Being embraced by others is sometimes a challenge for me. I want to guard and protect and hide my needs until I am certain that all that my family brings can be handled. I am more often aware of all that I “need to” embrace, and yet I find that being embraced requires more vulnerability than I sometimes want to have.

Becoming a mother catapulted me into a new level of anxiety, and although there are many things that I take in stride, there are still a few that stir a feeling deep inside that is quieted only by time and experience.

Choosing a school for my oldest son was anxiety producing. I attended a private, Christian school for the first thirteen years of my education. My husband attended public school. We both loved our respective experiences. Making a choice that seemed right for our son did not come easily but when it was time to decide, we chose a small public school within our district.

Prior to starting kindergarten, we had psychological testing for our then five year old that was somewhat inconclusive. Regardless, the results proved valuable to us as they validated that he did not have a neurotypical brain, and we began to look with open eyes at the differences that made life challenging for him. When he was entering school, we chose to give him every opportunity to show us what he could do on his own.

There was one kindergarten teacher, and she was a perfect fit for our little guy. She knew him and loved him, which was obvious the first time she told us that she absolutely loved his sense of style. Mr. Eclectic has a lot to say when he gets dressed, any time of day. She even pulled off calling him Mr. Grumpy Pants with affection, an invitation for him to smile and remember he was okay.

Our son had a great school year, for which we were very thankful, but we began to grow concerned about the increasing meltdowns that would happen when he was home and in a comfortable environment. Towards the end of his kindergarten year, I asked my six year old if he knew which first grade teacher he was hoping to have for the following year.

“Ms. T”, he responded. Her class of first graders was reading buddies for his kindergarten class, and he had decided that she was the only teacher that he wanted. I considered a trip to the principal’s office to see if I could make his request happen but as I sat with my thoughts, I decided to trust what I knew to be true. Though our son’s kindergarten teacher would be leaving at the end of the year, we knew that she would be making recommendations for the following year based on what she knew to be true about each and every kiddo she taught, and we trusted that whoever was the right fit would be the teacher chosen.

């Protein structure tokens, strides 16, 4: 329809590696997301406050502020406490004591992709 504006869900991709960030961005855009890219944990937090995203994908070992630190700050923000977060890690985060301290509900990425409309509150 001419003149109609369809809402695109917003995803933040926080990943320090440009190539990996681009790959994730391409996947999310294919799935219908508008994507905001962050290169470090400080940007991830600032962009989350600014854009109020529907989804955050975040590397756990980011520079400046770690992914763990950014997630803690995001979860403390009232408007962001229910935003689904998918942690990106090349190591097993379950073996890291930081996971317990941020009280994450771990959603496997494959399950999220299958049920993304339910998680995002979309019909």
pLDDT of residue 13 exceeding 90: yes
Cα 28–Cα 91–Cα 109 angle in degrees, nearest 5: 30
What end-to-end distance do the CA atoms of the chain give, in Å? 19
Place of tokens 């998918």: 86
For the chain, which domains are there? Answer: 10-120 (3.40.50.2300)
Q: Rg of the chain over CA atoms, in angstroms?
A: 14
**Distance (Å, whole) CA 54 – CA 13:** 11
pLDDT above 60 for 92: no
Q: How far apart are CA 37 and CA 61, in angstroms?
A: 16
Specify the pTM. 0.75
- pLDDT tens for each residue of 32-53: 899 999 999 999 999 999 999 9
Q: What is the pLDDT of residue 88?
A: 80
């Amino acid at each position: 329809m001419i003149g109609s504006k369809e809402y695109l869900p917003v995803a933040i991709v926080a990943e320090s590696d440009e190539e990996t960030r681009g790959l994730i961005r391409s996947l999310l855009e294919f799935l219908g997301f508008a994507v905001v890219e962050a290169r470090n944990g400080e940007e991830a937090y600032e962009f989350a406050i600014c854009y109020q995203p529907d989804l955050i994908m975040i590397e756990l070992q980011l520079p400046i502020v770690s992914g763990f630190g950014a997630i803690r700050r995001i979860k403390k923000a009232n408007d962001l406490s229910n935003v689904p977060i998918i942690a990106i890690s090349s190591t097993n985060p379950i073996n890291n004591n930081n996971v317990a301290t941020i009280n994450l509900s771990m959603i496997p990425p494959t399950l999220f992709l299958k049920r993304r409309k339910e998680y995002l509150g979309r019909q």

Needless to say, our first grade teacher had big shoes to fill. We were thrilled when we found out that our incoming first grader was getting the teacher he hoped for. Still I had anxieties. We learned our son would have only one “friend”  in the class, and we started to feel concerned again about the year ahead. We knew that friendships were a struggle and were still unsure how he would feel when most of the kids he had befriended were in another class. We also were unsure how his classroom behavior would be if he knew a lot of the other kids in the class, so we chose to trust again that all would be okay.

During the first parent/teacher conference, our concerns were silenced as the teacher began to share with us all the unique ways that she knew our son. I imagine that she did it for everyone that day, but for us, it was a turning point. It was that moment when we realized, come what may this year, we had a found a safe person to mold, shape, and care for our little guy.

The year has had it’s challenges, and as the school year ends, I reflect with gratitude for Ms. “T”. Thank you for being you. Thank you for listening when we talked about our nights and weekends with meltdowns and outbursts and for organizing a group of people to listen and create a safer school environment. Thank you for creatively knowing when to provide accommodations that would allow success and respite instead of disciplining what appeared to be behavior problems.

Thank you for partnering with us as we rocked our seven year old’s world by removing gluten, dairy, and refined sugars. Your honesty about your own dietary needs gave me hope and connection at a time when I felt overwhelmed and hopeless. Thank you for knowing our son and for naming what is true. Your insight in the classroom provided clues for the neuropsychologist that we were unable to provide.

Thank you for being a kind and open soul. Some may say that you were only doing your job. Well, let it be known that by doing your job, you have enriched our lives, and we are forever grateful.


DSC_0533Bethany Cabell is a Texas transplant, residing in Michigan with her husband and their two young boys.  A lover of beauty, she lives life chasing after wide-open spaces: sharing her heart with others, in relationship with Jesus, and through music and photography. She tells her story here.
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